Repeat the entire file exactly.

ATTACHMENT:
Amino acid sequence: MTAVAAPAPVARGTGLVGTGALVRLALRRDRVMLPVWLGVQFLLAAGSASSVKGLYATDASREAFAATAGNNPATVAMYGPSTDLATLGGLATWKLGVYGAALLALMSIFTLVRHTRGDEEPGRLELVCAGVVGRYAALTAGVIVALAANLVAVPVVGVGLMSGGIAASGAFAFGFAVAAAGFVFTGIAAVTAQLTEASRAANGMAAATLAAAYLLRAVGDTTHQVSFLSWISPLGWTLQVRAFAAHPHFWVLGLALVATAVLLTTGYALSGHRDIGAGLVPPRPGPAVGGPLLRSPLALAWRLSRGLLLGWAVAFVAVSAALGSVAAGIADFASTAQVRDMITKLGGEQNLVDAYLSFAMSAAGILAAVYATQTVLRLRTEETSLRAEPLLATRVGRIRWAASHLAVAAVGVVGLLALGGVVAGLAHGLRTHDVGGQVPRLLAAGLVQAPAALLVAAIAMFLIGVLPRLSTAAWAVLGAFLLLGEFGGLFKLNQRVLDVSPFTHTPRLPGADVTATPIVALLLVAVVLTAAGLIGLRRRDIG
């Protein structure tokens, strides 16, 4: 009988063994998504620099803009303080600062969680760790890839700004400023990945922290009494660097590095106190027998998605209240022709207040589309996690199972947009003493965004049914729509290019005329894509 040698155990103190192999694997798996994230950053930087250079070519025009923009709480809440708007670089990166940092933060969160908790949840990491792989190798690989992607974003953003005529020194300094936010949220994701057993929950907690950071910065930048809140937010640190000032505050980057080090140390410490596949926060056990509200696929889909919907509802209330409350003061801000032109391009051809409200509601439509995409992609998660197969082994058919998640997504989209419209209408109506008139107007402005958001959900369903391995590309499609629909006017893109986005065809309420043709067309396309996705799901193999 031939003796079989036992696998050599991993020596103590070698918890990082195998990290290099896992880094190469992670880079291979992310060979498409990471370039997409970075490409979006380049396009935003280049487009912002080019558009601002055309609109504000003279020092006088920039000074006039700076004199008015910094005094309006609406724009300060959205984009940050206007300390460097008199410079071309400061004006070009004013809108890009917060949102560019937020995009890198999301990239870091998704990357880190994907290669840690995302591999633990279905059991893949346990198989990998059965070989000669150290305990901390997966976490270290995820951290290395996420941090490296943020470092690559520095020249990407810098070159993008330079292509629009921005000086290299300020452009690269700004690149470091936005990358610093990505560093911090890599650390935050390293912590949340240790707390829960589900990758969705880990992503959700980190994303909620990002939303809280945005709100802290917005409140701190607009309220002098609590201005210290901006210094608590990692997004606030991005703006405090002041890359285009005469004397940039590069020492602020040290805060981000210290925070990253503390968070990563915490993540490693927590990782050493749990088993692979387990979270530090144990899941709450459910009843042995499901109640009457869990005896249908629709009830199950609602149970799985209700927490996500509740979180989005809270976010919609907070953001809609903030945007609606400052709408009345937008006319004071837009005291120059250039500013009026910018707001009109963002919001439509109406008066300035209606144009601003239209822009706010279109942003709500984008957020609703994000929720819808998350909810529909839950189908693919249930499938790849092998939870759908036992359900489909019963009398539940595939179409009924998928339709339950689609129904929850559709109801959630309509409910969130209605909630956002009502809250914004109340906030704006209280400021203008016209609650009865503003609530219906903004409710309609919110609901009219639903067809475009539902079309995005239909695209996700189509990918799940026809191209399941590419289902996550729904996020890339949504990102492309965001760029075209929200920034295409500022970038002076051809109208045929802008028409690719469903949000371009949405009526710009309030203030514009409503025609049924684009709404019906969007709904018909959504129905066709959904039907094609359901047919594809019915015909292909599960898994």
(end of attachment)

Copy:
Amino acid sequence: MTAVAAPAPVARGTGLVGTGALVRLALRRDRVMLPVWLGVQFLLAAGSASSVKGLYATDASREAFAATAGNNPATVAMYGPSTDLATLGGLATWKLGVYGAALLALMSIFTLVRHTRGDEEPGRLELVCAGVVGRYAALTAGVIVALAANLVAVPVVGVGLMSGGIAASGAFAFGFAVAAAGFVFTGIAAVTAQLTEASRAANGMAAATLAAAYLLRAVGDTTHQVSFLSWISPLGWTLQVRAFAAHPHFWVLGLALVATAVLLTTGYALSGHRDIGAGLVPPRPGPAVGGPLLRSPLALAWRLSRGLLLGWAVAFVAVSAALGSVAAGIADFASTAQVRDMITKLGGEQNLVDAYLSFAMSAAGILAAVYATQTVLRLRTEETSLRAEPLLATRVGRIRWAASHLAVAAVGVVGLLALGGVVAGLAHGLRTHDVGGQVPRLLAAGLVQAPAALLVAAIAMFLIGVLPRLSTAAWAVLGAFLLLGEFGGLFKLNQRVLDVSPFTHTPRLPGADVTATPIVALLLVAVVLTAAGLIGLRRRDIG
């Protein structure tokens, strides 16, 4: 009988063994998504620099803009303080600062969680760790890839700004400023990945922290009494660097590095106190027998998605209240022709207040589309996690199972947009003493965004049914729509290019005329894509 040698155990103190192999694997798996994230950053930087250079070519025009923009709480809440708007670089990166940092933060969160908790949840990491792989190798690989992607974003953003005529020194300094936010949220994701057993929950907690950071910065930048809140937010640190000032505050980057080090140390410490596949926060056990509200696929889909919907509802209330409350003061801000032109391009051809409200509601439509995409992609998660197969082994058919998640997504989209419209209408109506008139107007402005958001959900369903391995590309499609629909006017893109986005065809309420043709067309396309996705799901193999 031939003796079989036992696998050599991993020596103590070698918890990082195998990290290099896992880094190469992670880079291979992310060979498409990471370039997409970075490409979006380049396009935003280049487009912002080019558009601002055309609109504000003279020092006088920039000074006039700076004199008015910094005094309006609406724009300060959205984009940050206007300390460097008199410079071309400061004006070009004013809108890009917060949102560019937020995009890198999301990239870091998704990357880190994907290669840690995302591999633990279905059991893949346990198989990998059965070989000669150290305990901390997966976490270290995820951290290395996420941090490296943020470092690559520095020249990407810098070159993008330079292509629009921005000086290299300020452009690269700004690149470091936005990358610093990505560093911090890599650390935050390293912590949340240790707390829960589900990758969705880990992503959700980190994303909620990002939303809280945005709100802290917005409140701190607009309220002098609590201005210290901006210094608590990692997004606030991005703006405090002041890359285009005469004397940039590069020492602020040290805060981000210290925070990253503390968070990563915490993540490693927590990782050493749990088993692979387990979270530090144990899941709450459910009843042995499901109640009457869990005896249908629709009830199950609602149970799985209700927490996500509740979180989005809270976010919609907070953001809609903030945007609606400052709408009345937008006319004071837009005291120059250039500013009026910018707001009109963002919001439509109406008066300035209606144009601003239209822009706010279109942003709500984008957020609703994000929720819808998350909810529909839950189908693919249930499938790849092998939870759908036992359900489909019963009398539940595939179409009924998928339709339950689609129904929850559709109801959630309509409910969130209605909630956002009502809250914004109340906030704006209280400021203008016209609650009865503003609530219906903004409710309609919110609901009219639903067809475009539902079309995005239909695209996700189509990918799940026809191209399941590419289902996550729904996020890339949504990102492309965001760029075209929200920034295409500022970038002076051809109208045929802008028409690719469903949000371009949405009526710009309030203030514009409503025609049924684009709404019906969007709904018909959504129905066709959904039907094609359901047919594809019915015909292909599960898994």